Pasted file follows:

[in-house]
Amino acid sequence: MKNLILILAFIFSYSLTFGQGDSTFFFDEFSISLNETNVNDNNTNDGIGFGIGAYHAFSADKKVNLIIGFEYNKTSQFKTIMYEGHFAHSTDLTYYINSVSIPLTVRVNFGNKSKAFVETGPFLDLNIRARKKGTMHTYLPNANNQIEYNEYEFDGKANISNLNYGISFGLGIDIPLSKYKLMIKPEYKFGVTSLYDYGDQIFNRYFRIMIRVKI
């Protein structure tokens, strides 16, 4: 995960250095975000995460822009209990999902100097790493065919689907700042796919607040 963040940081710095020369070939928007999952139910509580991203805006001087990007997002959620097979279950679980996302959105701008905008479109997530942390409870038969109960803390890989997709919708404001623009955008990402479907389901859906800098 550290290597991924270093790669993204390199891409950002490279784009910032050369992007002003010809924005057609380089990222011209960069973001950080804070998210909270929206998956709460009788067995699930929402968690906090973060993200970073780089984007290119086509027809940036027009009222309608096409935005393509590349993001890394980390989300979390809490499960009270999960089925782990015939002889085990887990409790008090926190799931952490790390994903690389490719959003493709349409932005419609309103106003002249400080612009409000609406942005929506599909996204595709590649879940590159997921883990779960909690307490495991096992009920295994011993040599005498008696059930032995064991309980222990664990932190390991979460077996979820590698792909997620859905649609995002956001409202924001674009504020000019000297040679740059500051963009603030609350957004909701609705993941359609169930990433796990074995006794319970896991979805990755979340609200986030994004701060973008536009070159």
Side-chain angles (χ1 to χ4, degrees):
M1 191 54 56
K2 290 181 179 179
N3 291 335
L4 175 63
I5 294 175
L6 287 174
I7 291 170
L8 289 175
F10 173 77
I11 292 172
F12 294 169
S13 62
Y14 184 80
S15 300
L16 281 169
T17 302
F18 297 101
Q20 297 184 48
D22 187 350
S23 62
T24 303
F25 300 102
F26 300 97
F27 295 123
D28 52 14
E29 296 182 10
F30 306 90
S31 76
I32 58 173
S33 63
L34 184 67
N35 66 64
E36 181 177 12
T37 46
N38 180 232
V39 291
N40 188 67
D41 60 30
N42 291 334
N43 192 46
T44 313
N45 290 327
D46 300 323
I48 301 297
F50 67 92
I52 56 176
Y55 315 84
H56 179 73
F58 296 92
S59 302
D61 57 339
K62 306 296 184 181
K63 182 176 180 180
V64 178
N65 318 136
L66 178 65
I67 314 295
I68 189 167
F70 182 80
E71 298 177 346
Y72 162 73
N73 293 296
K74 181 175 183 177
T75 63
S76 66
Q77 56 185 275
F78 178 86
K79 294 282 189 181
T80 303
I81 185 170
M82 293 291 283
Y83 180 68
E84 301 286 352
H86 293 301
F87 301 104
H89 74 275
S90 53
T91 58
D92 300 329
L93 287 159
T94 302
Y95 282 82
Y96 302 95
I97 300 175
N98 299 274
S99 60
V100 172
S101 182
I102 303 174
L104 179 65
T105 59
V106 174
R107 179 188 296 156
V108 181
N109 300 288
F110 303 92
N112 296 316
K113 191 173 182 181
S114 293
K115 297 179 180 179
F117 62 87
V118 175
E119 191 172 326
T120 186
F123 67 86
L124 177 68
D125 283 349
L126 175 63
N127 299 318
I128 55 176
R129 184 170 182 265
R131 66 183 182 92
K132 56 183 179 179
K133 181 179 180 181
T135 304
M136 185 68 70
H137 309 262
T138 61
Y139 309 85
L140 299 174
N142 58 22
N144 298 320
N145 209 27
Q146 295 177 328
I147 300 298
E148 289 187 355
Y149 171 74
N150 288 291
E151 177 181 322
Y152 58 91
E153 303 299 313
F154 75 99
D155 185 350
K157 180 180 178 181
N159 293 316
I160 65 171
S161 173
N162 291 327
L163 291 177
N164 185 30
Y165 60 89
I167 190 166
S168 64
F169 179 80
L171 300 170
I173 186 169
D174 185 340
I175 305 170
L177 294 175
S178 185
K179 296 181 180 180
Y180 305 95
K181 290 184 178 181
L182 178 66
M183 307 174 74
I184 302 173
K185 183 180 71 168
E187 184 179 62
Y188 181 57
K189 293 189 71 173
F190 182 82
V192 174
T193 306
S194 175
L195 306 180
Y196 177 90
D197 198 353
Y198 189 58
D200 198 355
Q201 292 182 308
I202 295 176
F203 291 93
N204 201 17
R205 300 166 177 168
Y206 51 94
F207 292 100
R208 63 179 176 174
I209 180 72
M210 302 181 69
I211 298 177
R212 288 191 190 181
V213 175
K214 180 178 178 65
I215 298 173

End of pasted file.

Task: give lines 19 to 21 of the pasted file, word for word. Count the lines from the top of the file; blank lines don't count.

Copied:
L16 281 169
T17 302
F18 297 101